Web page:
Posts tagged ‘Despair’

Sick in Spirit When We’re Scared for our Bodies

The COVID-19 outbreak is taking a toll not only on the physical health of millions, but on the emotional health of millions, too. A new survey out from the University of Phoenix shows 4 in 10 Americans are lonelier now than ever before. 71% are worried about the health of a loved one while 61% are concerned about their own health. You combine this with 33% of survey respondents being worried about paying their bills and 27% experiencing depression, and you have the makings of not only a contagious disease pandemic, but a mental health crisis. We may be trying to avoid becoming sick in body through masks, hand washing, and social distancing, but, in the process, we have become sick in spirit.

Early in Jesus’ public ministry, some men bring to Him a paralyzed man, hoping He can heal him. Jesus does. But before He heals his body, He says to this man, “Take heart, son; your sins are forgiven” (Matthew 9:2). Jesus knows that this man is not only invalid in his flesh, but struggling in his spirit. He needed his sins forgiven.

What Jesus does for this man, Jesus wants to do for every man – and woman. Jesus cares about those who are sick in spirit. This is why Jesus opens His ministry with not only miraculous healing, but profound teaching. “Blessed are the poor in spirit,” Jesus says, “for theirs is the kingdom of heaven” (Matthew 5:3). It turns out that poverty in spirit is just as important to Jesus as infirmity in body. And so, to those who are lonely, Jesus becomes a friend. To those who are worried, Jesus brings peace. And to those who are depressed, Jesus shows empathy. After all, His soul, too, was once “overwhelmed with sorrow to the point of death” (Matthew 26:38).

Some 1,000 years before Jesus, King David praised the Lord as the One “who forgives all your sins and heals all your diseases” (Psalm 103:3). David knew the Lord cared about all of us and all that is us – both our spirits and our bodies. More than that, David had hope in One who, in his day, was still to come come – a God who is spirit, but would one day take on a body to walk among our bodies and heal them and to love us in our spirits and forgive them. God cares so much about spirit and body that He comes in Jesus, who is both spirit and body.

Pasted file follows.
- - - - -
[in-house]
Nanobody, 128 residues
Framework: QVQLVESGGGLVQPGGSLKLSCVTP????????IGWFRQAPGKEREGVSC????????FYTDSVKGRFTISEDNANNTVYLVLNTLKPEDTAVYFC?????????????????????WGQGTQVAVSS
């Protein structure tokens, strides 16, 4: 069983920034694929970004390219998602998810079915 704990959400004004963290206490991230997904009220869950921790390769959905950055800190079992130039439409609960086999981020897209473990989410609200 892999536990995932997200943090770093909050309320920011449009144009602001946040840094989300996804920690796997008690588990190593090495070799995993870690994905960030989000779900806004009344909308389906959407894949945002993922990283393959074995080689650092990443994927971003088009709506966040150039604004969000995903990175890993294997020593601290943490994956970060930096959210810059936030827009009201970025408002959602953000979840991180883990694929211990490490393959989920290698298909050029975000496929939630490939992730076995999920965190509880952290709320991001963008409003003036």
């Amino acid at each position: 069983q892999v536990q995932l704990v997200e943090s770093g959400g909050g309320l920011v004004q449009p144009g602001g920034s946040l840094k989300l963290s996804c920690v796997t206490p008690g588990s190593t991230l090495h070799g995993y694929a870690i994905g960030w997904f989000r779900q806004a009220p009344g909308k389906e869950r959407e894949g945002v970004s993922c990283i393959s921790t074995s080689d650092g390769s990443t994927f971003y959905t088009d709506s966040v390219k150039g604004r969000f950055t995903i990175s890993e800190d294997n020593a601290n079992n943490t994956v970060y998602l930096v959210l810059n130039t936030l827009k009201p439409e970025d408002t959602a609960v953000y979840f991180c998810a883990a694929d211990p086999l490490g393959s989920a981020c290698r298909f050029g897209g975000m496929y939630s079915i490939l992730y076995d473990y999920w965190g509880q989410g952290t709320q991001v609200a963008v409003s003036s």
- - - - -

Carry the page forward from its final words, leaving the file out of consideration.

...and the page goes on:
And so, whatever COVID-19 may be doing to you – whether in your spirit or in your body – you have One who is both spirit and body to see you through. And He will.

April 20, 2020 at 5:15 am 1 comment

Social Media Sins

erik-lucatero-UrhMJ6kfKlo-unsplash.jpg

Credit: Erik Lucatero on Unsplash

A new study from the Journal of the American Medical Association finds that teenagers who spend as little as one hour on social media over what they normally would in a given year show increased markers for depression. According to the report:

Repeated exposure to idealized images [on social media] lowers adolescents’ self-esteem, triggers depression, and enhances depression over time. Furthermore, heavier users of social media with depression appear to be more negatively affected by their time spent on social media.

In an article for Christianity Today, Jeff Christopherson decries the dangers lurking in social media not only for teenagers, but also for society-at-large. He explains: